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Pollen analysis and the vegetational history of Barra and South Uist in the Outer Hebrides, Scotland.

Brayshay, Barbara A (1992) Pollen analysis and the vegetational history of Barra and South Uist in the Outer Hebrides, Scotland. PhD thesis, University of Sheffield.

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Abstract

This study examines contemporary vegetation, pollen taphonomy and Holocene vegetation history across east-west trending environmental transects in the southern Outer Hebridean islands of South Uist and Barra. The pollen depositionalc haracteristicso f sixteenp lant communities are described and modern pollen deposition is found to reflect the distribution of major vegetation types on the islands. The history of Holocene vegetation is investigated at a number of sites which include exposed west coast inter-tidal peat deposits, wooded loch islands and pre-peat soils associated with archaeological features. These studies indicate that Holocene vegetation development followed a pattern typical for the region at similar latitudes. The early post-glacial vegetation mosaic of Empetrum heath, herb-rich grassland and dwarf shrub communities was progressivly altered by the subsequent establishment of predominantly deciduous woodlands. The pollen diagrams record an ordered sequence of tree migration to the islands in which Betula then Corylus were the first colonists followed later by Ulmus, Quercus, Pinus Alnus and Fraxinus. The scales of analysis employed in the study indicate that very local' pollen deposition is a characteristic of the islands' micro-fossil record - a feature which could be exploited in further archaeologically related studies. Woodland appears to have persisted in sheltered locations until c. 5,000 B. P. A gradual reduction of woodland from c. 5,000 B. P. was accompanied by an expansion of the herb-rich grassland and blanket bog communitiues which had been present on the islands from the early Holocene After c 4,000 B.P .w oodland decline accelerateda nd the grasslanda nd blanket peat communities increased to attain their present dominance in the islands vegetation. The vegetation changes recorded in the pollen diagrams are attributed to a combination of factors changing environmental conditions - such as the pedological effects of Holocene climatic conditions, sea level rise and human impacts. There is no archaeological evidence for mesolithic occupation of the islands, however at a point in the 'early' Holocene a brief episode of fluctuating woodland disturbance, charcoal and 'cereal type' pollen is noted at one east coast site, Loch Hellisdale. This data contributes to an increasing body of information which suggests some mesolithic presence along the eastern coast of South Uist.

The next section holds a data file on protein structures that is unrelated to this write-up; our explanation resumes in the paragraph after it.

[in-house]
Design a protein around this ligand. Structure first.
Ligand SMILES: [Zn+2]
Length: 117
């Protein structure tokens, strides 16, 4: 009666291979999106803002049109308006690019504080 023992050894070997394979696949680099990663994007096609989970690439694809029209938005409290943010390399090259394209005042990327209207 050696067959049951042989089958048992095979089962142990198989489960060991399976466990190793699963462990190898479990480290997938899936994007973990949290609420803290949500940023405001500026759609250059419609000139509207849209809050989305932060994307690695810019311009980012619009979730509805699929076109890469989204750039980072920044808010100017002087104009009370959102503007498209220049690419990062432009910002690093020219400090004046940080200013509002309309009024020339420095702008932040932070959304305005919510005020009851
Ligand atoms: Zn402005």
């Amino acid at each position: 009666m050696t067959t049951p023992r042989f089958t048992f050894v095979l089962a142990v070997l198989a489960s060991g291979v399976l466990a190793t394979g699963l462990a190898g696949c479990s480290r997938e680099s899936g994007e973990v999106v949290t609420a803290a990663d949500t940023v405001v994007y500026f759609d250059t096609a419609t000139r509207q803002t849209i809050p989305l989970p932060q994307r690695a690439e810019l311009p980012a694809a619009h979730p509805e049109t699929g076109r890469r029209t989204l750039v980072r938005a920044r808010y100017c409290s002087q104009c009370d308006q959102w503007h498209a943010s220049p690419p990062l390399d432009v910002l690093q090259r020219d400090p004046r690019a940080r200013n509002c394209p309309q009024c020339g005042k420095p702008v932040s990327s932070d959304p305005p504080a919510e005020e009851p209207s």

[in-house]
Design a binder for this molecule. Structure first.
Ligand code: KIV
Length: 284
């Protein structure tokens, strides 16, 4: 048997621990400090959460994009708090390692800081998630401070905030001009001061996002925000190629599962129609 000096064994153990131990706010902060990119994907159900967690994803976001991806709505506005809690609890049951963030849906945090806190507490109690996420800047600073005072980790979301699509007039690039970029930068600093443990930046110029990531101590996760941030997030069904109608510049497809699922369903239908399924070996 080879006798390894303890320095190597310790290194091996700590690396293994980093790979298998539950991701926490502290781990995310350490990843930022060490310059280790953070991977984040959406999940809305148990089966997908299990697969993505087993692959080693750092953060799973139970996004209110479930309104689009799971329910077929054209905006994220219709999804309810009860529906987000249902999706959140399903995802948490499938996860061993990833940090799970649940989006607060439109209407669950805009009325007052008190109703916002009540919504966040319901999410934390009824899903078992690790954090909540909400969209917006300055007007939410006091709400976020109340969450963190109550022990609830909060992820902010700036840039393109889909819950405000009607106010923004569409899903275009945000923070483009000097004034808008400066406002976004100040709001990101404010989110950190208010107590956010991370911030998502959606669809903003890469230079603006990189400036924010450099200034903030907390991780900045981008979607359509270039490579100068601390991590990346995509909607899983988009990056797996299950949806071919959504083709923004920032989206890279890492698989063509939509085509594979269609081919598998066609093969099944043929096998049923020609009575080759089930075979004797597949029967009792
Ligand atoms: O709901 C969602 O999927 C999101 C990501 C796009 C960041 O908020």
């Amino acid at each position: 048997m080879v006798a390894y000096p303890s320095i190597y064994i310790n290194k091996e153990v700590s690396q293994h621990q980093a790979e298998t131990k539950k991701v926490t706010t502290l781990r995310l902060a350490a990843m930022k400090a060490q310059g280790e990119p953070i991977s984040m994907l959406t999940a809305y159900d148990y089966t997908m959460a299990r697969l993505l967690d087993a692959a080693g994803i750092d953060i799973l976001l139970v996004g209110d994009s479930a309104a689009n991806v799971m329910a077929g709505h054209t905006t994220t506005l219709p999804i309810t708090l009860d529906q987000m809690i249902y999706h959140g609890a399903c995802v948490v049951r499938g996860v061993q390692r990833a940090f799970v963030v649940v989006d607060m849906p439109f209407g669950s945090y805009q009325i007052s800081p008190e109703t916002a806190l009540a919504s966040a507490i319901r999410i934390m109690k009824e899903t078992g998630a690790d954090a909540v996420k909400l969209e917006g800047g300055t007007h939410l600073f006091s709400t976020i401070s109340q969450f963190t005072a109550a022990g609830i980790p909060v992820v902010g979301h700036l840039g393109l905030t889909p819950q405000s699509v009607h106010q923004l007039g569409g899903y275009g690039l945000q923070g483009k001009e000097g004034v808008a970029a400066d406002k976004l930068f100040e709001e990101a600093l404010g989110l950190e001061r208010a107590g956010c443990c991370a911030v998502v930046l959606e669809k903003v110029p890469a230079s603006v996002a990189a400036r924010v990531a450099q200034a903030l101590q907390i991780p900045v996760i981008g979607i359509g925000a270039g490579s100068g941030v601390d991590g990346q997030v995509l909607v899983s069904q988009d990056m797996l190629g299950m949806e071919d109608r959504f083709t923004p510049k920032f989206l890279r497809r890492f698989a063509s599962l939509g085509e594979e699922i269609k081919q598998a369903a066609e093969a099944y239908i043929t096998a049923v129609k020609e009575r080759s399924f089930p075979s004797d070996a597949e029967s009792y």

Item Type: Thesis (PhD)
Academic Units: The University of Sheffield > Faculty of Arts and Humanities (Sheffield) > Archaeology (Sheffield)
The University of Sheffield > Faculty of Science (Sheffield) > Archaeology (Sheffield)
Identification Number/EthosID: uk.bl.ethos.525078
Depositing User: EThOS Import Sheffield
Date Deposited: 13 Apr 2016 11:30
Last Modified: 13 Apr 2016 11:30
URI: http://etheses.whiterose.ac.uk/id/eprint/10368

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